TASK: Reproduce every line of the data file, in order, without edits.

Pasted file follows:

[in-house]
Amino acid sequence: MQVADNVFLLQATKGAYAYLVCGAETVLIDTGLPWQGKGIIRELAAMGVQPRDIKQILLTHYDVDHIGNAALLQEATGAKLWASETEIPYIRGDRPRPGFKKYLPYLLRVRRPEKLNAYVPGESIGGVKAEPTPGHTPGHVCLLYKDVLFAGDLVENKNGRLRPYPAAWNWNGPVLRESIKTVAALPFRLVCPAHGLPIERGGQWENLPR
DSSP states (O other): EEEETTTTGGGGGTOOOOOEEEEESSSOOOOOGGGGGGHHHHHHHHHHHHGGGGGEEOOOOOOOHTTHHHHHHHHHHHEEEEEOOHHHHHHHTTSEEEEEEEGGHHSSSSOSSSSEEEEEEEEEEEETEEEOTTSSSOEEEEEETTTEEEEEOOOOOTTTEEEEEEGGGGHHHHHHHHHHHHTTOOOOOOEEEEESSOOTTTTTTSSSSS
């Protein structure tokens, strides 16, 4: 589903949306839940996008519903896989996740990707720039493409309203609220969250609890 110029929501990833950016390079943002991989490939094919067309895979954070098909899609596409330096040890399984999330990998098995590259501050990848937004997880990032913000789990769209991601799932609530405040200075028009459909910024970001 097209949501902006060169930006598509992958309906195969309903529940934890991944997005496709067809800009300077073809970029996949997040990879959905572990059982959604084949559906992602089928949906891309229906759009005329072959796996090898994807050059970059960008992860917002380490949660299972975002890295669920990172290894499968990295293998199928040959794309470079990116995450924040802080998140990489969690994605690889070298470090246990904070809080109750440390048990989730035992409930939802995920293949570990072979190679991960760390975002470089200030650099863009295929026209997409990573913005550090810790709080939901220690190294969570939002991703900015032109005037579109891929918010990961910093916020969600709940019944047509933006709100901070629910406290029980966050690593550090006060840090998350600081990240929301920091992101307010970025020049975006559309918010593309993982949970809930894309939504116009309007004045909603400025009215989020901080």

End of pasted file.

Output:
[in-house]
Amino acid sequence: MQVADNVFLLQATKGAYAYLVCGAETVLIDTGLPWQGKGIIRELAAMGVQPRDIKQILLTHYDVDHIGNAALLQEATGAKLWASETEIPYIRGDRPRPGFKKYLPYLLRVRRPEKLNAYVPGESIGGVKAEPTPGHTPGHVCLLYKDVLFAGDLVENKNGRLRPYPAAWNWNGPVLRESIKTVAALPFRLVCPAHGLPIERGGQWENLPR
DSSP states (O other): EEEETTTTGGGGGTOOOOOEEEEESSSOOOOOGGGGGGHHHHHHHHHHHHGGGGGEEOOOOOOOHTTHHHHHHHHHHHEEEEEOOHHHHHHHTTSEEEEEEEGGHHSSSSOSSSSEEEEEEEEEEEETEEEOTTSSSOEEEEEETTTEEEEEOOOOOTTTEEEEEEGGGGHHHHHHHHHHHHTTOOOOOOEEEEESSOOTTTTTTSSSSS
């Protein structure tokens, strides 16, 4: 589903949306839940996008519903896989996740990707720039493409309203609220969250609890 110029929501990833950016390079943002991989490939094919067309895979954070098909899609596409330096040890399984999330990998098995590259501050990848937004997880990032913000789990769209991601799932609530405040200075028009459909910024970001 097209949501902006060169930006598509992958309906195969309903529940934890991944997005496709067809800009300077073809970029996949997040990879959905572990059982959604084949559906992602089928949906891309229906759009005329072959796996090898994807050059970059960008992860917002380490949660299972975002890295669920990172290894499968990295293998199928040959794309470079990116995450924040802080998140990489969690994605690889070298470090246990904070809080109750440390048990989730035992409930939802995920293949570990072979190679991960760390975002470089200030650099863009295929026209997409990573913005550090810790709080939901220690190294969570939002991703900015032109005037579109891929918010990961910093916020969600709940019944047509933006709100901070629910406290029980966050690593550090006060840090998350600081990240929301920091992101307010970025020049975006559309918010593309993982949970809930894309939504116009309007004045909603400025009215989020901080």